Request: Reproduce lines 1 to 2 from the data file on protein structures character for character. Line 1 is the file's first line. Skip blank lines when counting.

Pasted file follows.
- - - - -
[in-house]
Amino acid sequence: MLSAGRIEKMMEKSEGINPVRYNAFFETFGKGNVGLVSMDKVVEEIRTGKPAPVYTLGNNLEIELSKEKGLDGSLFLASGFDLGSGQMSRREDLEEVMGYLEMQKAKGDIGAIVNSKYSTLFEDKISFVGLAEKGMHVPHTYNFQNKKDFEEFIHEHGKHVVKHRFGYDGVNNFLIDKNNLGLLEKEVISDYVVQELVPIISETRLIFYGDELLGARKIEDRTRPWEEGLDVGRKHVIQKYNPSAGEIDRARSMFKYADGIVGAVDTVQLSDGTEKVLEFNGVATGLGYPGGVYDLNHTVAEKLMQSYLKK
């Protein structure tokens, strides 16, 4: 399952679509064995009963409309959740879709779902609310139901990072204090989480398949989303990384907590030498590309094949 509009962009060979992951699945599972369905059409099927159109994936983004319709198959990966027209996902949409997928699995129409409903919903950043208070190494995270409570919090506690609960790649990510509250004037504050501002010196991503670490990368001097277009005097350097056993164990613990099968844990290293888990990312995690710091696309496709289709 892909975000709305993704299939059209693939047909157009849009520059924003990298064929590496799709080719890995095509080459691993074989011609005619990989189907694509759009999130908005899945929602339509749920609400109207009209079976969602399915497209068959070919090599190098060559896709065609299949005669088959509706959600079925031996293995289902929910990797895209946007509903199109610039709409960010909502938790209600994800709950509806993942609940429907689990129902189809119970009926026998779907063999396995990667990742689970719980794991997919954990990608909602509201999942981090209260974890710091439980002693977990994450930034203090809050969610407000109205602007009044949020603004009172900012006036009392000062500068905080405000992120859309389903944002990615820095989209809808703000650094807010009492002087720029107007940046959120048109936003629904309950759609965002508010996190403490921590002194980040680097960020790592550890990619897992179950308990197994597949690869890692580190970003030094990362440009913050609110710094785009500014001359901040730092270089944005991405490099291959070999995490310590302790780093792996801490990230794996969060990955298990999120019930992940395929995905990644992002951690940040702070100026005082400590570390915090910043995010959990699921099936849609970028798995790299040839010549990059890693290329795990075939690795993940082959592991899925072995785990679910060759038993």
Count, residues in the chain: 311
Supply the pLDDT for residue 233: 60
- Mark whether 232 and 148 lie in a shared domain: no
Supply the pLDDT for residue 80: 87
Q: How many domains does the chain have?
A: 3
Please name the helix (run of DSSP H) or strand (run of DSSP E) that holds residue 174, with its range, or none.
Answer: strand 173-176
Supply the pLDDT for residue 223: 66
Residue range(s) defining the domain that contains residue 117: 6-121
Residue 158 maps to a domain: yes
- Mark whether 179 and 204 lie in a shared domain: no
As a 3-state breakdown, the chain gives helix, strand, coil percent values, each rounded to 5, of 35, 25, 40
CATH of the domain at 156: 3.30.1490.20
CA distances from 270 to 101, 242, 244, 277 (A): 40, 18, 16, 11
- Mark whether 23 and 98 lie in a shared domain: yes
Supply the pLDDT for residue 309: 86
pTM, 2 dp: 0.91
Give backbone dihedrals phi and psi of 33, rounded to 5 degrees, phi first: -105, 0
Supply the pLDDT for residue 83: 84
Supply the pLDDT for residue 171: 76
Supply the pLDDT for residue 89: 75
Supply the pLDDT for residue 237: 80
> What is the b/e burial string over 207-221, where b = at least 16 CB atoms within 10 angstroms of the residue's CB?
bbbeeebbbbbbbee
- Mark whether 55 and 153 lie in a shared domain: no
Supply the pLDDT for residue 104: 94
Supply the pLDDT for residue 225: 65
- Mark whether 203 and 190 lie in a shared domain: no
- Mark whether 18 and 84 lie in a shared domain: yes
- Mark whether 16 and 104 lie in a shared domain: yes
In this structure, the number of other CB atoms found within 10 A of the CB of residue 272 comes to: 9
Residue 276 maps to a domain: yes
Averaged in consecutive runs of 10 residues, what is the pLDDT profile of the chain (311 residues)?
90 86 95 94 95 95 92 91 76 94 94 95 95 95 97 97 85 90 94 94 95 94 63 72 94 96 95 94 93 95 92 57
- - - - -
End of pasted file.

[in-house]
Amino acid sequence: MLSAGRIEKMMEKSEGINPVRYNAFFETFGKGNVGLVSMDKVVEEIRTGKPAPVYTLGNNLEIELSKEKGLDGSLFLASGFDLGSGQMSRREDLEEVMGYLEMQKAKGDIGAIVNSKYSTLFEDKISFVGLAEKGMHVPHTYNFQNKKDFEEFIHEHGKHVVKHRFGYDGVNNFLIDKNNLGLLEKEVISDYVVQELVPIISETRLIFYGDELLGARKIEDRTRPWEEGLDVGRKHVIQKYNPSAGEIDRARSMFKYADGIVGAVDTVQLSDGTEKVLEFNGVATGLGYPGGVYDLNHTVAEKLMQSYLKK